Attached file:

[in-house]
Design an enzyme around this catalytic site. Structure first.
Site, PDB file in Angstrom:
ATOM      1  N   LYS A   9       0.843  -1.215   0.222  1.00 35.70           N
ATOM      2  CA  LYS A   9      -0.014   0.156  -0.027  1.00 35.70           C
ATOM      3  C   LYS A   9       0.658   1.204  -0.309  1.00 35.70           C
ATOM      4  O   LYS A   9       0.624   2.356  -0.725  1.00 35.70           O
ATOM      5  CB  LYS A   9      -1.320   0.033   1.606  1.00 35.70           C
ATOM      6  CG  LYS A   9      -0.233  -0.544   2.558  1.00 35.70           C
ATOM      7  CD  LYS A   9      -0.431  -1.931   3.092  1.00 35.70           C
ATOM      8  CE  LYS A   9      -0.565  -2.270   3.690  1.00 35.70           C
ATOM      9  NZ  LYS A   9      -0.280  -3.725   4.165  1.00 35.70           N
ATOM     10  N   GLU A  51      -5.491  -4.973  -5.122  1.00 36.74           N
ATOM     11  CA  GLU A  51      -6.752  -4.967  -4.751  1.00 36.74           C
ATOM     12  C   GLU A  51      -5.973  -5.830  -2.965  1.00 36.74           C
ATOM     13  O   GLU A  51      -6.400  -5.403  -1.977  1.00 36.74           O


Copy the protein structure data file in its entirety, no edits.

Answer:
[in-house]
Design an enzyme around this catalytic site. Structure first.
Site, PDB file in Angstrom:
ATOM      1  N   LYS A   9       0.843  -1.215   0.222  1.00 35.70           N
ATOM      2  CA  LYS A   9      -0.014   0.156  -0.027  1.00 35.70           C
ATOM      3  C   LYS A   9       0.658   1.204  -0.309  1.00 35.70           C
ATOM      4  O   LYS A   9       0.624   2.356  -0.725  1.00 35.70           O
ATOM      5  CB  LYS A   9      -1.320   0.033   1.606  1.00 35.70           C
ATOM      6  CG  LYS A   9      -0.233  -0.544   2.558  1.00 35.70           C
ATOM      7  CD  LYS A   9      -0.431  -1.931   3.092  1.00 35.70           C
ATOM      8  CE  LYS A   9      -0.565  -2.270   3.690  1.00 35.70           C
ATOM      9  NZ  LYS A   9      -0.280  -3.725   4.165  1.00 35.70           N
ATOM     10  N   GLU A  51      -5.491  -4.973  -5.122  1.00 36.74           N
ATOM     11  CA  GLU A  51      -6.752  -4.967  -4.751  1.00 36.74           C
ATOM     12  C   GLU A  51      -5.973  -5.830  -2.965  1.00 36.74           C
ATOM     13  O   GLU A  51      -6.400  -5.403  -1.977  1.00 36.74           O